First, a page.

True, Adam Shankman's world has been rocked like a hurricane in the past couple months, but since it's all related to his new film, "Rock of Ages," he's taking it all in good stride.

Shankman, the acclaimed director-choreographer behind the brilliant film adaptation of the Broadway musical version of "Hairspray" in 2007, said the wild ride began in April, when was he thrilled to join fellow filmmakers Christopher Nolan, Tim Burton and Jay Roach at Warner Bros.' presentation of their films at CinemaCon in Las Vegas.

Then came a moment last month in which his "entire body was about to explode."

"I had written a piece for the New York Times about favorite summer movie memories, and I wrote about 'Jaws,'" Shankman recalled for me in a recent interview. "After that, Steven Spielberg wrote me a fan letter. I was like, screaming; running around my house after getting that."

The funny thing is, Shankman said he knows many of these filmmakers, but he just doesn't place himself in the same league.

"Even though I produced the Oscars before, I don't think I register with them and they remember me," Shankman added. "I think I just pass through their field of vision. I'm not being falsely modest. It's just too odd for me to think of myself in the same context."

It's refreshing to see a filmmaker of Shankman's caliber remain humble, because as much as he doesn't think he's contributing to the film world, it couldn't be any further from the truth. True, the material in his films may be much lighter than his fellow directors, but that doesn't mean it's less relevant.

"Their work is important, and I feel like my movies are like parties. They're just about joy," enthused Shankman, 47. "I'll get to 'important' at some point, but right now, I just want to do fun. I've made it very, very clear in my life that we live in a very complicated and fairly upsetting world a lot of the time, so if I do anything that's just about fun in any way, it makes me feel better."

Opening in theaters and on IMAX screens Friday, "Rock of Ages" tells the story of Sherrie Christian (Julianne Hough) and Drew Boley (Diego Boneta), a pair of starry-eyed singer-musicians who seek fame and fortune in the midst of the wild rock scene in Hollywood in 1987.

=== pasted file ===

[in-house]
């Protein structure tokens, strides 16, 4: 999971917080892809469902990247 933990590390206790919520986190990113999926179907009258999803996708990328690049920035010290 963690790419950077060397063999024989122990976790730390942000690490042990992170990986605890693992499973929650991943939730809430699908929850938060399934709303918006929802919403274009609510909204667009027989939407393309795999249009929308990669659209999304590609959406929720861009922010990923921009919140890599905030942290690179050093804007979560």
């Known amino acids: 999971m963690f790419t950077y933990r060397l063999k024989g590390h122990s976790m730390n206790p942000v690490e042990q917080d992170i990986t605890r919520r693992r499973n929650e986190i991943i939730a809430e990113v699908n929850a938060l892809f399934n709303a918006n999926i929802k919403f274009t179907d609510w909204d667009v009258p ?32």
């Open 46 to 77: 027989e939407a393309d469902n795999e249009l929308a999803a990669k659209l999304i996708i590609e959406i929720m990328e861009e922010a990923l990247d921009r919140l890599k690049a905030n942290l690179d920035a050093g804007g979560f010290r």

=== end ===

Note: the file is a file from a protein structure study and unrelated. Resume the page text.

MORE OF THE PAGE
Both working at the Bourbon Room on the Sunset Strip, Sherrie and Drew encounter a variety of characters at the hot club -- from its owner (Alec Baldwin) and his right-hand man (Russell Brand) to a sleazy talent agent (Paul Giamatti) and a Rolling Stone reporter (Malin Akerman) to the Los Angeles mayor's wife (Catherine Zeta-Jones) -- a religious zealot who's convinced that rock music is the root of all evil.

In the middle of the madness is Stacee Jaxx (Tom Cruise), a rock icon who's returning to the Bourbon Room for a farewell gig with his band before he embarks in a new direction with a solo career. The problem is Stacee has lost his way.

Set to the hard rock tunes of the '80s, all of the musical performances in "Rock of Ages" are done by the film's cast members. But as emotional as the musical performances were, Shankman knew that he still had to find a way to deliver a story that could never be matched by anything done on stage -- and the answer was staring him right in the face.

"What I always say about 'what doesn't work on stage but that works on a film' is the eyes, because there is just no way to lie about your emotional state," Shankman said. "With a film, you can't be overly presentational with close-ups because it would just be weird. It would ruin the intimacy of the cinematic experience, and there's no way around it."

Cruise's eyes are vital to his performance because when he allows you to peer through Stacee's windows, you see a rocker's soul that is all but dead.

In order to achieve the performance, Shankman asked Cruise to bring to the "Rock of Ages" party the same sensibilities he brings to all his other film roles, as well as his life.

"I said to Tom, 'You have an enormous amount of intensity. You love life intensely, you love your family intensely, you love work intensely -- so what I need from you is to be intensely lost,'" Shankman said.

To put Cruise in the frame of mind, Shankman wanted the actor to imagine the events in the lyrics of one of Stacee's songs, a cover of Bon Jovi's "Dead or Alive," and his real life juxtaposed against it.

"I told him, 'You are a guy who's surrounded by women, monkeys, managers, bodyguards and millions of fans that are always around you, but in your weird, drunk, poetic head, you see yourself as this lonely, solitary cowboy with people trying to bite off a piece of you, spiritually,'" Shankman recalled with a laugh. "I said to him, 'You are utterly and totally alone, when you are, in no uncertain terms, not.'"

While Stacee is surrounded in the film by sycophants -- save Akerman's brutally truthful -- Shankman said on the film set, Cruise expected no adulation, even if it were truly warranted.

"One of the greatest things about Tom is that you can tell him the way it is. He can smell bulls--- a mile away," Shankman said. "If I wasn't happy with something or didn't agree with an idea of his, it was really important in our relationship as a director and actor that we each have our say. He wanted to be heard, but all he asked for was his day in court if he felt differently."

Ultimately, Cruise left the decisions to Shankman.

"He'd say, 'You're the one telling the story. I'm not. I'm just one of your finger paints.' That relationship was essential in doing what we did together -- because I really see this as having done this film together," Shankman said. "He really wanted to know how he could best fit in a world of my creation. That was really special to have that kind of relationship with a guy of his stature and experience. It was crazy. I mean, he's Tom f------ Cruise."